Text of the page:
Jay Cost of National Review Online explains why he believes our current political woes aren’t as dire as they appear.

Everybody today is miserable about politics, or so it seems. Our system is broken, it’s sick, it’s dysfunctional, etc. I certainly agree that our government has its share of problems (and then some!). But being the contrarian that I am, I think our misery is actually a sign that it is still doing at least a few things right.

Think about the Brexit vote a few years ago. This was an enormous popular plebiscite in the United Kingdom on whether the nation should break away from the European Union. The “Leave” vote eked out a narrow majority that was highly divided along geographical, socioeconomic, and age lines. Since then, the process of leaving the EU . . . has not gone so well, as we all know.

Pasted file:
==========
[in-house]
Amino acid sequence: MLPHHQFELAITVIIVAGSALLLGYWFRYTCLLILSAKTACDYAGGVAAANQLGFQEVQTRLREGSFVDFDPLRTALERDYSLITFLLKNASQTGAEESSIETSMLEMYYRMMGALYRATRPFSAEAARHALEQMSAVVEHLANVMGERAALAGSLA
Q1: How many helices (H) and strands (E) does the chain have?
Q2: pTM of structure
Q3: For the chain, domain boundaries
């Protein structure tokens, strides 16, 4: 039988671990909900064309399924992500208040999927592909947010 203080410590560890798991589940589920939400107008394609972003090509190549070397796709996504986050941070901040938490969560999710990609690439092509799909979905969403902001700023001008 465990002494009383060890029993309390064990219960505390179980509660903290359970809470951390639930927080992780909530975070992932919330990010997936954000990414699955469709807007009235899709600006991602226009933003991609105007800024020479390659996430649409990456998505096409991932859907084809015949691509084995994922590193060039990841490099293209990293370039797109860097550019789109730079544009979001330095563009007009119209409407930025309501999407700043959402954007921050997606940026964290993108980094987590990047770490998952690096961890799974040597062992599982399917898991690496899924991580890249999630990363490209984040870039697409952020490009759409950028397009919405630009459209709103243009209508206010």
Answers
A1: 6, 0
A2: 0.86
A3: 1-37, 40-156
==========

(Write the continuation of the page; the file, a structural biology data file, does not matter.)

Something like Brexit would never, could never happen in the United States. We do not have national plebiscites, for one thing. But more important, we do not give narrow majorities so very much power.

This gets back to the distinction that often is made about the United States being a republic but not a democracy. That notion is imprecise, but it does reveal a key insight. The Founders were committed to the idea of popular rule, as opposed to government by unelected monarchs. But they were deeply skeptical of rule by the people. They had good reason for both opinions. The period between the end of the French and Indian War and the American Revolution taught the colonists that a king without sympathy for his subjects is dangerous indeed. But the period between the Declaration of Independence and the ratification of the Constitution taught them that popular majorities can be even more dangerous than any king.